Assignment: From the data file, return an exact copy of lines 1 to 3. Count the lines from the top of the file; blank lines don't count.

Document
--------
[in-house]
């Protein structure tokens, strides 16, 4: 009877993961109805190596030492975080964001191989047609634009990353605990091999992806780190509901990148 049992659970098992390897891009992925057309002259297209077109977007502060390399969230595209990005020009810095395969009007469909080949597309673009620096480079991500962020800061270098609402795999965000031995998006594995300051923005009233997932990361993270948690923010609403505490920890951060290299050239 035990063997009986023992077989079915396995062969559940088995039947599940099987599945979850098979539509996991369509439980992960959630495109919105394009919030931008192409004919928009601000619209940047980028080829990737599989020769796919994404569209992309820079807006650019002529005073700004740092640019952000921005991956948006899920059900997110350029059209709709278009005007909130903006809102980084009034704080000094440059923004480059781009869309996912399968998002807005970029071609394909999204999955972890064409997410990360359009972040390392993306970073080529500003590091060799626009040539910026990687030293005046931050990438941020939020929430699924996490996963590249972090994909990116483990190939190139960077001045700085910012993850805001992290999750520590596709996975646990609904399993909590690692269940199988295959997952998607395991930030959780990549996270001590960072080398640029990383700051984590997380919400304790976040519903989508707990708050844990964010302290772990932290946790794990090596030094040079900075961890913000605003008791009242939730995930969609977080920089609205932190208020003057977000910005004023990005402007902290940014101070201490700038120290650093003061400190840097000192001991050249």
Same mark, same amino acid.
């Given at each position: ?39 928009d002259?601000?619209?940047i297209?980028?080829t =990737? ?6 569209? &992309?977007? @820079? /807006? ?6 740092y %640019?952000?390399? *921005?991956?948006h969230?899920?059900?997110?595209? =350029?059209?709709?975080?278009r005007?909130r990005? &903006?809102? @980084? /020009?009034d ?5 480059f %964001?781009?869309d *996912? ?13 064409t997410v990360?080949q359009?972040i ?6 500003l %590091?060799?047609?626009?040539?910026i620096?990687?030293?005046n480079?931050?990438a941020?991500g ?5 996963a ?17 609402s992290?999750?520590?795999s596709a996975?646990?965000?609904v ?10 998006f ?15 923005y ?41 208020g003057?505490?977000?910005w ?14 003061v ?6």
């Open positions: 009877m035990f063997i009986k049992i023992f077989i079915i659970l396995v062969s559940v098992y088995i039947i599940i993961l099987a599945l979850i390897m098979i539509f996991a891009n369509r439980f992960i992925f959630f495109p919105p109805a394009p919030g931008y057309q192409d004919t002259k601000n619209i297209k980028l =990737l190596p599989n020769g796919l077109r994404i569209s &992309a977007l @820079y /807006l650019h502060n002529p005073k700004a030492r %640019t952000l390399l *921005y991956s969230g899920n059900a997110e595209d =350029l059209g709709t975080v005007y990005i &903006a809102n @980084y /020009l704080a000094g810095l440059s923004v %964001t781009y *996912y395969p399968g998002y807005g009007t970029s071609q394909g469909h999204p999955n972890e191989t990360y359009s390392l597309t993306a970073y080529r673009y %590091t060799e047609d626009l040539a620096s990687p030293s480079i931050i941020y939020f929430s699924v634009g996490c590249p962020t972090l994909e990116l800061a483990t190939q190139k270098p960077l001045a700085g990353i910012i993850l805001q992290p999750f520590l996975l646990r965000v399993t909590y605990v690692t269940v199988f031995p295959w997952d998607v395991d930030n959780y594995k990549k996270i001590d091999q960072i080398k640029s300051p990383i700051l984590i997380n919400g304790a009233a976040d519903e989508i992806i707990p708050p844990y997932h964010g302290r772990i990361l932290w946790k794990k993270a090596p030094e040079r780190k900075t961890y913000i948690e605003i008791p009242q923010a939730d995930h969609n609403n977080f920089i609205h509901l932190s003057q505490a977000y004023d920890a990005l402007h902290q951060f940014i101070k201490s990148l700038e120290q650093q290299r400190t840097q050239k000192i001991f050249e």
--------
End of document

[in-house]
């Protein structure tokens, strides 16, 4: 009877993961109805190596030492975080964001191989047609634009990353605990091999992806780190509901990148 049992659970098992390897891009992925057309002259297209077109977007502060390399969230595209990005020009810095395969009007469909080949597309673009620096480079991500962020800061270098609402795999965000031995998006594995300051923005009233997932990361993270948690923010609403505490920890951060290299050239 035990063997009986023992077989079915396995062969559940088995039947599940099987599945979850098979539509996991369509439980992960959630495109919105394009919030931008192409004919928009601000619209940047980028080829990737599989020769796919994404569209992309820079807006650019002529005073700004740092640019952000921005991956948006899920059900997110350029059209709709278009005007909130903006809102980084009034704080000094440059923004480059781009869309996912399968998002807005970029071609394909999204999955972890064409997410990360359009972040390392993306970073080529500003590091060799626009040539910026990687030293005046931050990438941020939020929430699924996490996963590249972090994909990116483990190939190139960077001045700085910012993850805001992290999750520590596709996975646990609904399993909590690692269940199988295959997952998607395991930030959780990549996270001590960072080398640029990383700051984590997380919400304790976040519903989508707990708050844990964010302290772990932290946790794990090596030094040079900075961890913000605003008791009242939730995930969609977080920089609205932190208020003057977000910005004023990005402007902290940014101070201490700038120290650093003061400190840097000192001991050249």
Same mark, same amino acid.